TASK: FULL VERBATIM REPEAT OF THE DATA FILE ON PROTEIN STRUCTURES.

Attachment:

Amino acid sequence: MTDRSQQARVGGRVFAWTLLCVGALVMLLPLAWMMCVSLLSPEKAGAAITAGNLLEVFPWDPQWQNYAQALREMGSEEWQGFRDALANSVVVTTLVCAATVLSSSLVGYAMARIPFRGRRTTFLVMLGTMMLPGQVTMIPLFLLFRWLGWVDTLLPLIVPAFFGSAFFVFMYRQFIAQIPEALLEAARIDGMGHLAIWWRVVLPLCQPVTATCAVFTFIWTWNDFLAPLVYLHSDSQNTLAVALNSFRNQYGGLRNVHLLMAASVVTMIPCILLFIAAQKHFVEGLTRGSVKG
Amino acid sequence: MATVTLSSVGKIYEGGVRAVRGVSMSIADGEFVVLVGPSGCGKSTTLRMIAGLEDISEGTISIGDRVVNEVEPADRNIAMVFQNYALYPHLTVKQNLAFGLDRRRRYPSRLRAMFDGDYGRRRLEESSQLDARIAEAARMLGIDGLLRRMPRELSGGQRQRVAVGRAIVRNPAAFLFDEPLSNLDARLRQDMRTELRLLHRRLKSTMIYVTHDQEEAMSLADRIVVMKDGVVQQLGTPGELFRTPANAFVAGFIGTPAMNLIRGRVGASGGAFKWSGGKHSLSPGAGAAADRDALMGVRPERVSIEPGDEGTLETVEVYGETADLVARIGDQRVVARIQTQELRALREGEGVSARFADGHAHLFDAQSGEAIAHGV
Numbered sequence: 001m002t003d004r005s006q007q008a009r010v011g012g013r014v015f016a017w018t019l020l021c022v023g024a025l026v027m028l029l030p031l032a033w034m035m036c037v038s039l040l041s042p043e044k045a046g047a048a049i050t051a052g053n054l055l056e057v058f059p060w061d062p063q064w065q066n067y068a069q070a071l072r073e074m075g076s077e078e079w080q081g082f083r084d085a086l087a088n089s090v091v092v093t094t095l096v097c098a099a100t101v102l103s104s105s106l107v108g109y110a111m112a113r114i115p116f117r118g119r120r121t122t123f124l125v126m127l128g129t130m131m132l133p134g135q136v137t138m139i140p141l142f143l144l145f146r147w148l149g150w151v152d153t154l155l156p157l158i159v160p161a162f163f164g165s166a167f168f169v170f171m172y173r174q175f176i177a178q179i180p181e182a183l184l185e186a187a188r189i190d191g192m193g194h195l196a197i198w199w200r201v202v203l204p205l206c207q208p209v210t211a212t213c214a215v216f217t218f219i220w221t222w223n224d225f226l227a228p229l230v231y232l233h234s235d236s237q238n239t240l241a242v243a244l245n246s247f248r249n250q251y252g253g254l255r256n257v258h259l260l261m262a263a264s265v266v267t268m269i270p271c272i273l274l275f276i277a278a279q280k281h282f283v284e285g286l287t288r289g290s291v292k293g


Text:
Amino acid sequence: MTDRSQQARVGGRVFAWTLLCVGALVMLLPLAWMMCVSLLSPEKAGAAITAGNLLEVFPWDPQWQNYAQALREMGSEEWQGFRDALANSVVVTTLVCAATVLSSSLVGYAMARIPFRGRRTTFLVMLGTMMLPGQVTMIPLFLLFRWLGWVDTLLPLIVPAFFGSAFFVFMYRQFIAQIPEALLEAARIDGMGHLAIWWRVVLPLCQPVTATCAVFTFIWTWNDFLAPLVYLHSDSQNTLAVALNSFRNQYGGLRNVHLLMAASVVTMIPCILLFIAAQKHFVEGLTRGSVKG
Amino acid sequence: MATVTLSSVGKIYEGGVRAVRGVSMSIADGEFVVLVGPSGCGKSTTLRMIAGLEDISEGTISIGDRVVNEVEPADRNIAMVFQNYALYPHLTVKQNLAFGLDRRRRYPSRLRAMFDGDYGRRRLEESSQLDARIAEAARMLGIDGLLRRMPRELSGGQRQRVAVGRAIVRNPAAFLFDEPLSNLDARLRQDMRTELRLLHRRLKSTMIYVTHDQEEAMSLADRIVVMKDGVVQQLGTPGELFRTPANAFVAGFIGTPAMNLIRGRVGASGGAFKWSGGKHSLSPGAGAAADRDALMGVRPERVSIEPGDEGTLETVEVYGETADLVARIGDQRVVARIQTQELRALREGEGVSARFADGHAHLFDAQSGEAIAHGV
Numbered sequence: 001m002t003d004r005s006q007q008a009r010v011g012g013r014v015f016a017w018t019l020l021c022v023g024a025l026v027m028l029l030p031l032a033w034m035m036c037v038s039l040l041s042p043e044k045a046g047a048a049i050t051a052g053n054l055l056e057v058f059p060w061d062p063q064w065q066n067y068a069q070a071l072r073e074m075g076s077e078e079w080q081g082f083r084d085a086l087a088n089s090v091v092v093t094t095l096v097c098a099a100t101v102l103s104s105s106l107v108g109y110a111m112a113r114i115p116f117r118g119r120r121t122t123f124l125v126m127l128g129t130m131m132l133p134g135q136v137t138m139i140p141l142f143l144l145f146r147w148l149g150w151v152d153t154l155l156p157l158i159v160p161a162f163f164g165s166a167f168f169v170f171m172y173r174q175f176i177a178q179i180p181e182a183l184l185e186a187a188r189i190d191g192m193g194h195l196a197i198w199w200r201v202v203l204p205l206c207q208p209v210t211a212t213c214a215v216f217t218f219i220w221t222w223n224d225f226l227a228p229l230v231y232l233h234s235d236s237q238n239t240l241a242v243a244l245n246s247f248r249n250q251y252g253g254l255r256n257v258h259l260l261m262a263a264s265v266v267t268m269i270p271c272i273l274l275f276i277a278a279q280k281h282f283v284e285g286l287t288r289g290s291v292k293g